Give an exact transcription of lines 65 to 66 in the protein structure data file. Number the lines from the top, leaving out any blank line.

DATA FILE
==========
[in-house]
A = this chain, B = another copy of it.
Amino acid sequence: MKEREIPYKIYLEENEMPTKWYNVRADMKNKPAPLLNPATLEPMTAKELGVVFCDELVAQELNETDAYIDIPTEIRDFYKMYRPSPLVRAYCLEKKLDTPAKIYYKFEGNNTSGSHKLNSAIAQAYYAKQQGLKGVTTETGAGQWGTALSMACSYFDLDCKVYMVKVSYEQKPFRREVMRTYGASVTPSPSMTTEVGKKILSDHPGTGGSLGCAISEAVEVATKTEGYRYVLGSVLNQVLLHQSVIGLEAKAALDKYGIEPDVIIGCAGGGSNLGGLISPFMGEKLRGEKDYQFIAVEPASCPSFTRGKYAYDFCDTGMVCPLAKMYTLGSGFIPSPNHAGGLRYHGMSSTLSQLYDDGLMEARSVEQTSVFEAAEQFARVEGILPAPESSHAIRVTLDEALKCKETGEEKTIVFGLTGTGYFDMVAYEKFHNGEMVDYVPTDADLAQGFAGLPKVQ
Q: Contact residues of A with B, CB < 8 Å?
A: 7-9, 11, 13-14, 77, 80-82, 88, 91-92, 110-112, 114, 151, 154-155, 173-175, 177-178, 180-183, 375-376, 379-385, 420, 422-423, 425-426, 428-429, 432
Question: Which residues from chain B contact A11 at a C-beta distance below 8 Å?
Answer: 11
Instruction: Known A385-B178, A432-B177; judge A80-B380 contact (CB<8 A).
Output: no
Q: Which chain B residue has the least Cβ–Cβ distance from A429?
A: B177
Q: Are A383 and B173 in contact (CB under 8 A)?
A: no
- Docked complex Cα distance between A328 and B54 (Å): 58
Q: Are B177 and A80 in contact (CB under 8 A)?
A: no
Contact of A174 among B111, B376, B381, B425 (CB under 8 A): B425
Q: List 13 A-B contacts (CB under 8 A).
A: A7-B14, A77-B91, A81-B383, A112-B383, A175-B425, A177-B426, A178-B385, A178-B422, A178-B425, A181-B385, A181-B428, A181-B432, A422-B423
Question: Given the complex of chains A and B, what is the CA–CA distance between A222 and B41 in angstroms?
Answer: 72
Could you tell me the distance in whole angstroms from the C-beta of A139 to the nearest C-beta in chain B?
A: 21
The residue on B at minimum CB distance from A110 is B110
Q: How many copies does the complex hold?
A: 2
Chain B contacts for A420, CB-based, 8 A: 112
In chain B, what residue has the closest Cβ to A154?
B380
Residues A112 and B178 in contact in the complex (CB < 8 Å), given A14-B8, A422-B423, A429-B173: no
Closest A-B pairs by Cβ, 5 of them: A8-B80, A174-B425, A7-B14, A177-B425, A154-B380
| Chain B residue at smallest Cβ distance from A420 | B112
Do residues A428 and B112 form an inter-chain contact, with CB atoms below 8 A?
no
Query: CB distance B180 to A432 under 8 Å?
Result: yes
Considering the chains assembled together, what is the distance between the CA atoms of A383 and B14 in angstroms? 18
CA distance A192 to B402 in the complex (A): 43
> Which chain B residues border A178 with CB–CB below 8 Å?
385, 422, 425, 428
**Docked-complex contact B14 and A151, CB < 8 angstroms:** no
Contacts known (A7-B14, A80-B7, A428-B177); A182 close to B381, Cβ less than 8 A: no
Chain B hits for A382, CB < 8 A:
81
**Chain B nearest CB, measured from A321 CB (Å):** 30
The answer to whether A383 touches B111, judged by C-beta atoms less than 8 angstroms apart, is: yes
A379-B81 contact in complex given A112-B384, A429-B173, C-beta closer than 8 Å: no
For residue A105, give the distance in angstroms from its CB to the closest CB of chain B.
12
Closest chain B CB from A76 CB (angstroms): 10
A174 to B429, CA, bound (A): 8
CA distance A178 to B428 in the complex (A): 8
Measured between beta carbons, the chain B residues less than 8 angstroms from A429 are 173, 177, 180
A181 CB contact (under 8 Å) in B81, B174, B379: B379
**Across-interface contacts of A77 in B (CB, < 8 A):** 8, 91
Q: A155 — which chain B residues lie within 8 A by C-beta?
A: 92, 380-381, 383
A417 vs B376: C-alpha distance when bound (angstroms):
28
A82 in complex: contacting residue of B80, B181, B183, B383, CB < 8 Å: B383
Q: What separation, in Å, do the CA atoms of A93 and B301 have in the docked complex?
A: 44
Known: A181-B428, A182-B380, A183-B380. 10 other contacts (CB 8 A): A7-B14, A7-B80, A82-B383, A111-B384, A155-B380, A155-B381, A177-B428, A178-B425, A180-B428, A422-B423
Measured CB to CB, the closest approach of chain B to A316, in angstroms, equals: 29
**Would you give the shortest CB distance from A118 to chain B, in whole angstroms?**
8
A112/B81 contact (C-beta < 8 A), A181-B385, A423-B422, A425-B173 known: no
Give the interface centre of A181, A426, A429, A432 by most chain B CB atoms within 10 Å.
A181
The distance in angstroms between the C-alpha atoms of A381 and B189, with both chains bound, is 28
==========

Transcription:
**Would you give the shortest CB distance from A118 to chain B, in whole angstroms?**
8